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Great Program vs. Enthusiastic POI

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So, this week I received acceptance notifications from my top 2 programs (WMU and UVM). Now that I've started telling family/friends/professors, I keep hearing the same question: "Which university is your top choice?" 


A few weeks ago, the answer was very clear- WMU, all the way! I'm a medievalist, so going to one of the top MA Medieval Studies programs in the country seemed obvious. 


However, an email from my potential POI at UVM has me reconsidering. Although UVM only has a History program with a Medieval focus, the professor seems very enthusiastic and personable, and we have quickly developed a rapport through email. Also, although MA funding is limited, he has already let me know that he is strongly advocating that I receive one of the few first year fellowships. 


It's only been a few days, so I don't plan to make a decision right away (plus I haven't heard anything concrete about funding from either and that will play a role in my decision), but I wanted to see what others think about the situation. 


Here's my question: How important is the enthusiasm of a POI? Is it more or less important than the prestige of the program?


Thanks in advance for any thoughts! :)  

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I think it depends on your long-term goals to an extent. Are you planning to go for your PhD after your masters? If so, then while WMU will look very impressive on your resume prestige-wise, might you have a more fruitful working relationship with this POI you are hitting it off with? If you really like his research interests, you may have a much more impressive thesis coming out of UVM working with the POI you really like there.


I would recommend trying to visit both if you haven't already, if it is at all feasible financially. You will probably have a much better, and more informed feel for where you will do your best work and set yourself up for whatever your next step may be. I know traveling to two places (or at least one) by plane is really expensive but I think the probe is worth the investment, especially if you come to find that you strongly prefer one program over the other.


Best of luck!!

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Thanks for the thoughtful response, neurominer :) I am planning to pursue a PhD after my masters, and I think you make a great point about having a more impressive thesis if I have a strong working relationship with my POI.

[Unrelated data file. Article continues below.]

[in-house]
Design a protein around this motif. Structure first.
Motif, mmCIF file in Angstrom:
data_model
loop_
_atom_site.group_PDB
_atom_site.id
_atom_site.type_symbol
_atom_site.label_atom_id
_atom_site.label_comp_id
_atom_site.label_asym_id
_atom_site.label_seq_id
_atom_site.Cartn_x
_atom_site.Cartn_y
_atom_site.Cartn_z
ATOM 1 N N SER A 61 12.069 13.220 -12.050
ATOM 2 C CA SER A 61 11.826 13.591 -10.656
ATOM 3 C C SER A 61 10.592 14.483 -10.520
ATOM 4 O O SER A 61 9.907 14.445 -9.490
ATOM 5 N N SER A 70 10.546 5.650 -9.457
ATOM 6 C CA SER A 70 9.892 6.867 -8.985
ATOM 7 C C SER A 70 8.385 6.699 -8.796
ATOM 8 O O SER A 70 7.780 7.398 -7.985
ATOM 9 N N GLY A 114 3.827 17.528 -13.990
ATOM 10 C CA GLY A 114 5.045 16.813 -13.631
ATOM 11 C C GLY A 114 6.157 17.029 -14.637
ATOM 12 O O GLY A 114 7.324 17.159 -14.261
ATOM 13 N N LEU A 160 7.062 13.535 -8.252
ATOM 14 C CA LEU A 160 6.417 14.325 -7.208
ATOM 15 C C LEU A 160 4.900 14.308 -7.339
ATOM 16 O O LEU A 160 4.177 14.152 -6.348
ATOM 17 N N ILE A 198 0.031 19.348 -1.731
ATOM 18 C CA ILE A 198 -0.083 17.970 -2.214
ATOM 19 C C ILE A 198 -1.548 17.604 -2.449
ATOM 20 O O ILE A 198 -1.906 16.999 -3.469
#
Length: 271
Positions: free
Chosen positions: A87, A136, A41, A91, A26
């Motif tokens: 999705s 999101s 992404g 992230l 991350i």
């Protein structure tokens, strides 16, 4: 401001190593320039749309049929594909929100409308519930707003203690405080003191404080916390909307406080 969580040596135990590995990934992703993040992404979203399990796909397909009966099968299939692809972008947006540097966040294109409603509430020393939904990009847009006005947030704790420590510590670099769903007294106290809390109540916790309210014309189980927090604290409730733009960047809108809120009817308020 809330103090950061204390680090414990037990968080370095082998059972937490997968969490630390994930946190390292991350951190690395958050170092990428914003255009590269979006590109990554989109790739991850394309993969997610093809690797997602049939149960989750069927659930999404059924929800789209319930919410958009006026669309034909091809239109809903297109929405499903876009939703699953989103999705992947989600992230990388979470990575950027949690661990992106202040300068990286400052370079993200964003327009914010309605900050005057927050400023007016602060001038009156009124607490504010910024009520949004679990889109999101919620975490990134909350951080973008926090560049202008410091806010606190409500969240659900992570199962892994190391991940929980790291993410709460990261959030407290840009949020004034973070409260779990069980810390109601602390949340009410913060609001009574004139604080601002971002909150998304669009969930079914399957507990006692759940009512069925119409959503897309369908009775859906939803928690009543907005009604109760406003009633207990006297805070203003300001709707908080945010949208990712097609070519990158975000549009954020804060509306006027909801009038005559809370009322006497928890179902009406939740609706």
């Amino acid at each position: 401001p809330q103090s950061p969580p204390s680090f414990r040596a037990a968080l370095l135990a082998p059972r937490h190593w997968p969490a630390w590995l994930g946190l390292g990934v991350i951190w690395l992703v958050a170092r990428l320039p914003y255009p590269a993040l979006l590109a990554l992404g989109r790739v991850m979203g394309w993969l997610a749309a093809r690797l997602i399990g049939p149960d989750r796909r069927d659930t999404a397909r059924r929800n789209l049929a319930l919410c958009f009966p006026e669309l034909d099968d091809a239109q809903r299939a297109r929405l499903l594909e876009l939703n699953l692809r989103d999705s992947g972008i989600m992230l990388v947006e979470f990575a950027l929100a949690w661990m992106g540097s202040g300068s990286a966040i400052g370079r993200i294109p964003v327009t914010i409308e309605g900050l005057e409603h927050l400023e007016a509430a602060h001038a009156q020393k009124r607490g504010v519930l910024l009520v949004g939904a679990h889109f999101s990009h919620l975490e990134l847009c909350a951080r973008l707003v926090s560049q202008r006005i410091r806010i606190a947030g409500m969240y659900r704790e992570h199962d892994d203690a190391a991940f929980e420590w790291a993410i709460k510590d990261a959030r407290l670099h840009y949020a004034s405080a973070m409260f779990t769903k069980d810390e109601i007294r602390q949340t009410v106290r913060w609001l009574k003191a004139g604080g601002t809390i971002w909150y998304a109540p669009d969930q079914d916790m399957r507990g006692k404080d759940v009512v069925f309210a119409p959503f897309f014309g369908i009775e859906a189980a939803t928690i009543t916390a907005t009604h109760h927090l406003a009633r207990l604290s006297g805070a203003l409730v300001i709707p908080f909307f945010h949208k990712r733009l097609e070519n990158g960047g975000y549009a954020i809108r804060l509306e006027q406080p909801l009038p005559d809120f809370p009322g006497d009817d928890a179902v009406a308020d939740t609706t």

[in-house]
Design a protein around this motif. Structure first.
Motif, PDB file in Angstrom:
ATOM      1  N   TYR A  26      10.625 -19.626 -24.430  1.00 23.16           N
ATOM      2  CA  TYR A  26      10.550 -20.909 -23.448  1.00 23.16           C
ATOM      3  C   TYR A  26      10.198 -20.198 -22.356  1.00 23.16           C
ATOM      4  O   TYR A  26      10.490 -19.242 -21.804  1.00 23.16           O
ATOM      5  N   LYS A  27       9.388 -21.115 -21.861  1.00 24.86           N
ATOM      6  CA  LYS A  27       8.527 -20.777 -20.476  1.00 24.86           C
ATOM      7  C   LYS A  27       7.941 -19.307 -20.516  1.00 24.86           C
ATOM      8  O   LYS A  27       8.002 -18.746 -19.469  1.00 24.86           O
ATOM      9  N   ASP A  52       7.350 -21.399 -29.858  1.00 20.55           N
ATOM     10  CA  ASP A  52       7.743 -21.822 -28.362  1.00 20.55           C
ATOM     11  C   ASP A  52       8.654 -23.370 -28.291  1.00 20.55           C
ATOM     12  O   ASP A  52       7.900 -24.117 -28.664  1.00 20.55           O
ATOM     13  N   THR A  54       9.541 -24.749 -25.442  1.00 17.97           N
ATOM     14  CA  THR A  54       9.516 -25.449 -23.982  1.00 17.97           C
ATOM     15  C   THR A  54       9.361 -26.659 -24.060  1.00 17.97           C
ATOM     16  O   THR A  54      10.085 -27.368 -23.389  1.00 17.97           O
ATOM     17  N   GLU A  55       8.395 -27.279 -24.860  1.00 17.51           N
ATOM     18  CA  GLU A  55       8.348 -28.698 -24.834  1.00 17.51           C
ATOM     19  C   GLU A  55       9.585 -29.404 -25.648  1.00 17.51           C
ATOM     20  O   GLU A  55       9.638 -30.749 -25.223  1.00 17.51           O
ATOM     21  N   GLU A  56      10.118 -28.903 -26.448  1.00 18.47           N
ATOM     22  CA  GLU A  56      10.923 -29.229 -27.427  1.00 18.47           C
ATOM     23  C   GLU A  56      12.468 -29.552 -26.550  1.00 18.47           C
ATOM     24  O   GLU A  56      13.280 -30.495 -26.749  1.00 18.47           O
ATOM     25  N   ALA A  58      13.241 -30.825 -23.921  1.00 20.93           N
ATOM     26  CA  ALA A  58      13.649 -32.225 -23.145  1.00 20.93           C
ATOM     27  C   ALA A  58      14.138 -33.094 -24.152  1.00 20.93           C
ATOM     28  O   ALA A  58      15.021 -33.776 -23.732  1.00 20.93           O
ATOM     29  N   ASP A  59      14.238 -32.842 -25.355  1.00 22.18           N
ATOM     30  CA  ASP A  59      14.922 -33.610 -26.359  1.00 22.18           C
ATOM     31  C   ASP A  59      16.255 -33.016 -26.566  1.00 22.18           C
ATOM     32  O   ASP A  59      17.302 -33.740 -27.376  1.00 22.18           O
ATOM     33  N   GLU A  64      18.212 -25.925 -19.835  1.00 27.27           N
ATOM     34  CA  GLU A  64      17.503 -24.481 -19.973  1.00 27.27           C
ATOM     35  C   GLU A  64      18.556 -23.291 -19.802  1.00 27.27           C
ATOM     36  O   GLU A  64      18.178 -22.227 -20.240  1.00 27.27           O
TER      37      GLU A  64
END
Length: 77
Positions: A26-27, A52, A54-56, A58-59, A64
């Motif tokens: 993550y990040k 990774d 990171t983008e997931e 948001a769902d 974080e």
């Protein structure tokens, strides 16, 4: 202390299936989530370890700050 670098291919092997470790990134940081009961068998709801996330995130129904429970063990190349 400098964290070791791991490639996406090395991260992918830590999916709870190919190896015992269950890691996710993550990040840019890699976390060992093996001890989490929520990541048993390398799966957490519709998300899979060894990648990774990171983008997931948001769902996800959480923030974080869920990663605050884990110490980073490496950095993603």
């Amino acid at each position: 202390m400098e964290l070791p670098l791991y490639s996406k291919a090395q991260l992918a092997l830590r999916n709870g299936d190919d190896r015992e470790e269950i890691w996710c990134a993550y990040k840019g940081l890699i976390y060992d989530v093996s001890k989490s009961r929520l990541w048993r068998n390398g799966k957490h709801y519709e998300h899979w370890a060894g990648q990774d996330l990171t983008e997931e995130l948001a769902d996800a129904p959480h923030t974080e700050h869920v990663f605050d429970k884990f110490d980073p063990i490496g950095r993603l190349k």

I agree 100% that visiting each school would be the best way to determine which one is the better fit (my college visits during my undergrad search definitely led to a surprising, yet perfect, choice that I wouldn't have made if I hadn't gone on a tour). Unfortunately, I doubt I can afford to fly to Michigan or Vermont (I live in Oregon), but I'll take a look at flights, just to see if I can make it work. Maybe I can convince my folks to help cover the ticket cost if I tell them a stranger on GradCafe advocated visiting both universities :) haha 


Thanks again for the advice and best of luck to you too! 

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Haha I'm glad my advice could help :). I can definitely understand a round trip flight to both places being too expensive. That being said, if you're leaning towards Vermont I think you should convince your folks to help you out and take a visit even if it annoys them and you have to make some moderate sacrifices (whatever your money would be going to otherwise). SInce Vermont is the unconventional choice, it is too big of a risk to go there off of email correspondence alone. It's simply too easy to misread or get a skewed impression of the person you're dealing with through this type of communication.


BUT I do think that if you visit, like the campus, meet with and still feel the same way about working with your POI there, that would be a very good reason to go with the unconventional choice. I hope you find a way to get there :)


But if not, I'm sure you'll succeed no matter where you go. Hopefully your Masters is a bright spot in your life, but even if you choose WMU and hate it, or Vermont and hate it, ultimately it is the means to and end--getting into a PhD program which your are good fit for--so you can always grind through the two years and produce good work.


:) I think you'll be happy and successful with either choice though.

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